Man Files Sex Abuse Suit Citing Catholic Priest
By Michael Wilson
April 23, 2002
Summary: The Portland man's lawsuit is the second to accuse the priest assigned to St. Philip Neri in the 1950s
A 59-year-old Willamette Valley machinist sued the Roman Catholic Archdiocese of Portland on Monday, accusing a former priest, now deceased, of sexually abusing him when he was 9 years old.
The Rev. Rocco Perone was assigned to St. Philip Neri parish in Portland from 1951 to 1956, before he was transferred by his religious order, the Paulist Fathers, to Utah. The plaintiff, identified on the lawsuit by his initials, R.H., said he was abused for almost two years while a student at St. Philip Neri.
The archdiocese said it has no record of any complaints against Perone. He died in 1992, having spent most of his years since Portland living in Austin, Texas. A spokesman for the Diocese of Austin was not available Monday.
The Multnomah County Circuit Court lawsuit follows another sex-abuse case filed earlier this month against two Mount Angel seminary priests and is among over a dozen archdiocese priests named in recent civil actions. Almost all the priests are dead, the abuse decades old.
Monday's is the second case involving Perone; the first was filed by "M.S." last November and is pending in federal court.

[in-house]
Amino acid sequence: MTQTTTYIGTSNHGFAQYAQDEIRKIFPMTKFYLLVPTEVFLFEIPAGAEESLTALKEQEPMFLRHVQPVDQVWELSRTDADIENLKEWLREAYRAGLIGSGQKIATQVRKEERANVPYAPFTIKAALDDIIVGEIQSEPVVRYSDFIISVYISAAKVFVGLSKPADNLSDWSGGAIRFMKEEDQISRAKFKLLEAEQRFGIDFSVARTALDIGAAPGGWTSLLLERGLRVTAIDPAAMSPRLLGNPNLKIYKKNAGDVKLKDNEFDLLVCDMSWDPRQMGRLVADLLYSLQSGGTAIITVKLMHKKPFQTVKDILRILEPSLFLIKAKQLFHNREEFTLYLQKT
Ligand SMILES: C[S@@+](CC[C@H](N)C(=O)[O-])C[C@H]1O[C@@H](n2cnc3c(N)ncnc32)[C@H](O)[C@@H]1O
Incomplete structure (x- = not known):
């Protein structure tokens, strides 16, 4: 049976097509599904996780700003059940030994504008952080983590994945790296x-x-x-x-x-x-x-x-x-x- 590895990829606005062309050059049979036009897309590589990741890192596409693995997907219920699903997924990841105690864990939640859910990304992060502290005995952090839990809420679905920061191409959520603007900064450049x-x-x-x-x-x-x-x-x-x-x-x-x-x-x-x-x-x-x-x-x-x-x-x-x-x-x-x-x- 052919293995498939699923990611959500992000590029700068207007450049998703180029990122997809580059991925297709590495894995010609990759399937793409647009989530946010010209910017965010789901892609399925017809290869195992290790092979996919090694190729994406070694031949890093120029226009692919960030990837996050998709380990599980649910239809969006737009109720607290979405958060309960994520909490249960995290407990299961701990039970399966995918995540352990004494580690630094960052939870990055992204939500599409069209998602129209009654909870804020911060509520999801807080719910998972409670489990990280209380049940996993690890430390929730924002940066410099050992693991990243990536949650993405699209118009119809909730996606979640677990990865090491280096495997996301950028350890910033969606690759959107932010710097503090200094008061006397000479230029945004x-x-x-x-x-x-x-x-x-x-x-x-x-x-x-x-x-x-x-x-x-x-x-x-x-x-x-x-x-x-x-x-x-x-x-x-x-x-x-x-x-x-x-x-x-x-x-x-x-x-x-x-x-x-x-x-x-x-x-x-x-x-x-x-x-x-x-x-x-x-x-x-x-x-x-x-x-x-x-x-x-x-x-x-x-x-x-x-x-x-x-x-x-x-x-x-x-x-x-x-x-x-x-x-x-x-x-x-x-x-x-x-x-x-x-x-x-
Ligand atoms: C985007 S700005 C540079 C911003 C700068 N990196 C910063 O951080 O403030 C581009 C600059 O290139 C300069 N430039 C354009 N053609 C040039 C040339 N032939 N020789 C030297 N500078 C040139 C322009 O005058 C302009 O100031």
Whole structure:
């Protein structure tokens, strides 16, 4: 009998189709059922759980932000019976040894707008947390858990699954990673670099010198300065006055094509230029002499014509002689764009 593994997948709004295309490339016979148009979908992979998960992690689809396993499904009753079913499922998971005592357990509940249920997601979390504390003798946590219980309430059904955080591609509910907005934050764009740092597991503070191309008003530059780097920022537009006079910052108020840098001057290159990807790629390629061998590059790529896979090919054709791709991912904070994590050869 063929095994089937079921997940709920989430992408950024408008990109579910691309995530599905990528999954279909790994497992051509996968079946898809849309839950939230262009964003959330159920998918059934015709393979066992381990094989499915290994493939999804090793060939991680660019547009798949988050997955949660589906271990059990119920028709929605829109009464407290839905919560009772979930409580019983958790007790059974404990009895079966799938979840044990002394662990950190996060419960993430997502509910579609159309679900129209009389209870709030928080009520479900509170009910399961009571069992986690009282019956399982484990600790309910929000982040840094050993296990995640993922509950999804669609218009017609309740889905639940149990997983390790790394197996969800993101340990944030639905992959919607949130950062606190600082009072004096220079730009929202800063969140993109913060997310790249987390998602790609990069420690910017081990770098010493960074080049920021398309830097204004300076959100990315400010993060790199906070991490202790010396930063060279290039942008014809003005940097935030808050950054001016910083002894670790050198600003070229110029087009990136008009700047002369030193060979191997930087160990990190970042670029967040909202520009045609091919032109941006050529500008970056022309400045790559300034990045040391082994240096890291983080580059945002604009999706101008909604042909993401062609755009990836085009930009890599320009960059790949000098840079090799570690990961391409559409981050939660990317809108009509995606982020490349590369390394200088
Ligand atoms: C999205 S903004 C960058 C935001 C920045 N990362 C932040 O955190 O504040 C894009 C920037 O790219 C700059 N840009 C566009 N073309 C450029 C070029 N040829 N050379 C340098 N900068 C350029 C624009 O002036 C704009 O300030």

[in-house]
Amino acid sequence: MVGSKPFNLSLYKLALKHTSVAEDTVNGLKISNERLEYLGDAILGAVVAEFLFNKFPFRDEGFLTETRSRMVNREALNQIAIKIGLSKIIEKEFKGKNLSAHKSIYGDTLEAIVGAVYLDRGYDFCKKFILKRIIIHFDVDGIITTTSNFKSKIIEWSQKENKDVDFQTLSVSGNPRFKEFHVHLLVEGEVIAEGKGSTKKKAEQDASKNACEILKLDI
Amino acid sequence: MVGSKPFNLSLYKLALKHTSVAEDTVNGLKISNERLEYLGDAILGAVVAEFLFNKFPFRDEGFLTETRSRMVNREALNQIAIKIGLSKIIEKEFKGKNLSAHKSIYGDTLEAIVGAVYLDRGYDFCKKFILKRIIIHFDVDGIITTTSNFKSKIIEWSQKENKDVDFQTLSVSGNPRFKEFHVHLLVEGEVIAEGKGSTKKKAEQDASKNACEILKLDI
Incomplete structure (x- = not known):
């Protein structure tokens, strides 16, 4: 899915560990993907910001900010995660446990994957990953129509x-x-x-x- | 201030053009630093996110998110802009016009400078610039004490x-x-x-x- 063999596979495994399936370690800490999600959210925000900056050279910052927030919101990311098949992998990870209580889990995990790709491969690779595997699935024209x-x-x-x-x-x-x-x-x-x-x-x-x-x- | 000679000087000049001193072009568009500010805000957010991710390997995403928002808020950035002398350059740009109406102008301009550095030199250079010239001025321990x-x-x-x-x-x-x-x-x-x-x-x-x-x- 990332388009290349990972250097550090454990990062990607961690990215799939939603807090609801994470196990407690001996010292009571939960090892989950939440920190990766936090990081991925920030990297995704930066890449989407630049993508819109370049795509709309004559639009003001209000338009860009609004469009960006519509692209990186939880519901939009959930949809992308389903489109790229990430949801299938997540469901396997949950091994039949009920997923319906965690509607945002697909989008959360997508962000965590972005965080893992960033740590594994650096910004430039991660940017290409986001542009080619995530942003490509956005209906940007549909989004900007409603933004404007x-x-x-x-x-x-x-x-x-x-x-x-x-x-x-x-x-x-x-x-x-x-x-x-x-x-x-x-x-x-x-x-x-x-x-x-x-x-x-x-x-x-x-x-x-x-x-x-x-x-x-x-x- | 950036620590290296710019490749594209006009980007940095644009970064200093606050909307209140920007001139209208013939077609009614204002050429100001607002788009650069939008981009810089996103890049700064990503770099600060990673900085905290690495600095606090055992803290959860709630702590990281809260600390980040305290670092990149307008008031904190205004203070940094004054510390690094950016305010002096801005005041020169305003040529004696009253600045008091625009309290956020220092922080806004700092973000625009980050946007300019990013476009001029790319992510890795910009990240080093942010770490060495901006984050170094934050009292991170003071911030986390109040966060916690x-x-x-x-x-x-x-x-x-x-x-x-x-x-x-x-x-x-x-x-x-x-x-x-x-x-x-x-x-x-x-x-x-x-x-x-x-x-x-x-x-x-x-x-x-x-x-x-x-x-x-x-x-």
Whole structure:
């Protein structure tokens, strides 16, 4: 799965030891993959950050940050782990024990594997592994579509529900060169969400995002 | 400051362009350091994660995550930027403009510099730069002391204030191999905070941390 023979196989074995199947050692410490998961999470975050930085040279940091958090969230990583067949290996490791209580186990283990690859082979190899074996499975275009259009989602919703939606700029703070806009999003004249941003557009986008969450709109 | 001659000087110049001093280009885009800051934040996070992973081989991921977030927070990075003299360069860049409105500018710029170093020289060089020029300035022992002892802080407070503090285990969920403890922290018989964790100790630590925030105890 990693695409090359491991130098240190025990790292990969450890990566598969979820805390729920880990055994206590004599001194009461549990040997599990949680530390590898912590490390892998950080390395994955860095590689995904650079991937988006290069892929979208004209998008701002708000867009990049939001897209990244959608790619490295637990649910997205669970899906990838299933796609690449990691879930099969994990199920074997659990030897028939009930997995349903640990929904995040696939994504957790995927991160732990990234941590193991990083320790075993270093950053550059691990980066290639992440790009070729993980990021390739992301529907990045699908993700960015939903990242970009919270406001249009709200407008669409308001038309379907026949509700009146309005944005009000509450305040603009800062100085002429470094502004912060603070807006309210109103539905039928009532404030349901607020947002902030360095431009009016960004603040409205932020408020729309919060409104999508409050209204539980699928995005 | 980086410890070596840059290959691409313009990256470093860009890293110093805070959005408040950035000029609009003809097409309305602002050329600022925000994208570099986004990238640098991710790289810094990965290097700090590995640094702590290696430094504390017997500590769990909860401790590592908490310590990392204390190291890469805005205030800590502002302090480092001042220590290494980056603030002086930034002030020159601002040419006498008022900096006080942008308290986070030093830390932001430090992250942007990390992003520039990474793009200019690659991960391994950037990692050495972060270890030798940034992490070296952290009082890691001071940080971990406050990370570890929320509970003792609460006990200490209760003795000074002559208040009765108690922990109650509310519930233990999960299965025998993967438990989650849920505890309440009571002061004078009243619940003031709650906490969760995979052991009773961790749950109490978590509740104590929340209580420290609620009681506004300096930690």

The plaintiff's attorney, Kelly Clark, said his client decided to come forward during the news coverage of several lawsuits against Maurice Grammond, a coastal priest later suspended from priestly duties and currently living in a Gresham home for Alzheimer's patients.
Oregon law allows a sex abuse victim to file a lawsuit at any time, provided it's within three years of the victim's realization of a connection between the abuse and some type of injury, not necessarily physical. Clark said R.H. suffered a loss of faith and harbors much anger and resentment.
Archbishop John G. Vlazny generally addressed the national and local abuse scandals in a letter read during Sunday's Masses:
"I have reminded my brother priests and deacons of your care and concern for them as well as your frustration and anger over the abuse and the inadequacy of our response to the victims. As a church, we cannot undo the past but we, your bishops, priests and deacons, can and will serve you with the trust and fidelity that the gospel deserves."
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